QCOSTARICA – Although the governments of Costa Rica and Nicaragua have been at odds for many years, yesterday, however, it got personal between Nicaragua’s President Daniel Ortega and Costa Rica’s Luis Guillermo Solís.
It was during the CELAC summit (now ongoing in San Antonio de Belén, Heredia) that Ortega yielded part of his alloted speech time to Ruben Berrios, president of the Puerto Rican Independence Party, triggering an exchange of words beteer Solis and Ortega.
Ortega gave his time to allow Berrios to ask the CELAC to rule in favour of Puerto Rico to become independent of the United States.
The Nicaraguan president rose from his chair to allow Berrios to sit and read his speech; he took the opportunity to advocate decolonization and for independence of a Puerto Rican state.
Solis in his capacity as president pro tempore of the CELAC, took the microphone and told Ortega that procedures must be respected, that there already was an agreement on that issue.
On Tuesday, deputy Foreign Ministers agreed not to rule in favor or against the independence of the island but reiterate the statement issued during the Second CELCA Summit held in Havana, Cuba, to support the work of the United Nations (UN) decolonization committee.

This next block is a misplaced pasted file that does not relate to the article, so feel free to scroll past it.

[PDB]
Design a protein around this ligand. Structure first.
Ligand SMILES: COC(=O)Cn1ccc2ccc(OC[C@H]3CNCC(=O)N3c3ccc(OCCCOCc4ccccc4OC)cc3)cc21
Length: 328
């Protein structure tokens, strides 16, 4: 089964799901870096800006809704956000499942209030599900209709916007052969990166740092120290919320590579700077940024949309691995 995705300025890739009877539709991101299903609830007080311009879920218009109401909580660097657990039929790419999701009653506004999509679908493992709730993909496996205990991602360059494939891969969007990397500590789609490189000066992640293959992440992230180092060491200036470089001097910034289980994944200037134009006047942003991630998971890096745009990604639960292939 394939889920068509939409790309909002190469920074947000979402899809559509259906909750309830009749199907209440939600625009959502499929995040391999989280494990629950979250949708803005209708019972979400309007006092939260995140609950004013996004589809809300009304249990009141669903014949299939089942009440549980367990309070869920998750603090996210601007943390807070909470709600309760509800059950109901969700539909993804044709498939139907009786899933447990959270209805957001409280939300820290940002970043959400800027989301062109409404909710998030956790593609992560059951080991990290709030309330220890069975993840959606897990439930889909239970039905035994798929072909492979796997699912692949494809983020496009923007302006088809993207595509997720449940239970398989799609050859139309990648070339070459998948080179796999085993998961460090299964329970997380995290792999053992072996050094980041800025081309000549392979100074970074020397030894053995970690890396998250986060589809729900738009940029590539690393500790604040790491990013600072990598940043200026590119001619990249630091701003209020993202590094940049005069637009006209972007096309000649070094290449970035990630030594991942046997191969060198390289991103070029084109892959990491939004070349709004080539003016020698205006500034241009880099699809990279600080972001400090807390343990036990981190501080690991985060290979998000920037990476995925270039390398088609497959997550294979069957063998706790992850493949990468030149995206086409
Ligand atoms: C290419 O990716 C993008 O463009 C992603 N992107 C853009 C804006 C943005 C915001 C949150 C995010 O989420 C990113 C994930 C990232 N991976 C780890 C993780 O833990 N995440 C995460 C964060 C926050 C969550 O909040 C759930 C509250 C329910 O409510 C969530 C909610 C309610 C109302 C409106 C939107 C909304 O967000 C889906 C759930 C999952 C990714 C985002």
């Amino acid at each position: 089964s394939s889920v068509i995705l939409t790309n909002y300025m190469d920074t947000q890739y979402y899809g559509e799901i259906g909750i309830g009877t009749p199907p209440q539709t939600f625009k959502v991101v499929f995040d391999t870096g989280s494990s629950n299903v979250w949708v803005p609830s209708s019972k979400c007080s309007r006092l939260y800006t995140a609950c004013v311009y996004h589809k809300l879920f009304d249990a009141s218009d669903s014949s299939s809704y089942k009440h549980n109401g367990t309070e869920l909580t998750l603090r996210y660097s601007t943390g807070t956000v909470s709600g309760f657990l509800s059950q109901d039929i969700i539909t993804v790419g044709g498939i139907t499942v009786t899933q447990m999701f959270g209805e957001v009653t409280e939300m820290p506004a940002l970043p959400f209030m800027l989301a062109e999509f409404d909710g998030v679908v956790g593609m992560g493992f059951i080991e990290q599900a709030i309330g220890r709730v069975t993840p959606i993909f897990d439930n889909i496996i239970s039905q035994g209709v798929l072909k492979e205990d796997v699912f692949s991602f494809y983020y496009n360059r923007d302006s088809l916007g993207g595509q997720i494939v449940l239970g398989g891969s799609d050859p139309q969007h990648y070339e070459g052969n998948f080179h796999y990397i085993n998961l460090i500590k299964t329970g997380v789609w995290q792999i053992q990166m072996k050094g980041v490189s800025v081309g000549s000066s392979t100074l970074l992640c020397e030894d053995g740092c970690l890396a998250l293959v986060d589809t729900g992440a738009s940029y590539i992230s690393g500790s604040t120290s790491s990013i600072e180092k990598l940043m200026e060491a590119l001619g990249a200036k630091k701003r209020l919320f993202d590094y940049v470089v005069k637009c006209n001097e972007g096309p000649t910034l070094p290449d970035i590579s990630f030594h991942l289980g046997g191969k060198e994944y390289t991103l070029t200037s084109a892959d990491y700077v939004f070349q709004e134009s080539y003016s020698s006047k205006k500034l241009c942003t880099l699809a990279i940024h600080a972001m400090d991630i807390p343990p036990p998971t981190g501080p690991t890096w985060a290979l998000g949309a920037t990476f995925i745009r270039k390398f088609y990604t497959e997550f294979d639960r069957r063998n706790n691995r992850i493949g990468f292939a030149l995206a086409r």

Upset with Solís, Daniel Ortega interrupted him to externalize his dissatisfaction.
The Nicaraguan president complained that Solís that he had given the floor to the Organization of American States (OAS), “the Yankee instrument of colonization.”
“Puerto Rico’s voice is the voice of Nicaragua, so I ask a little respect,” Ortega told Solís.
To which Solis said: “As has been the custom in previous summits, the presidency has invited who it found necessary to inform on the regional process … I simply made an observation regarding procedures and that’s it Mr. President, there is no decision to undermine the will of the Republic of Nicaragua … if you feel offended, I apologize, because that was not the intention of the Presidency, simply it was to maintain procedures.”
This was the first meeting between Ortega and Solís since he became president last May.
Costa Rica’s Foreign Minister Manuel Gonzalez, downplayed the situation, saying it “was just an exchange of views” and far from an altercation.
Ortega’s support for the independence of Puerto Rico is not new, he has been externalizing a similar criteria since 2011 in Caracas, in Chile in 2012 and Cuba last year.
In Nicaragua, the govenrment portal el19digital.com says “President Daniel complaints againt Yankee conspiracy” in support of an independent Puerto Rico.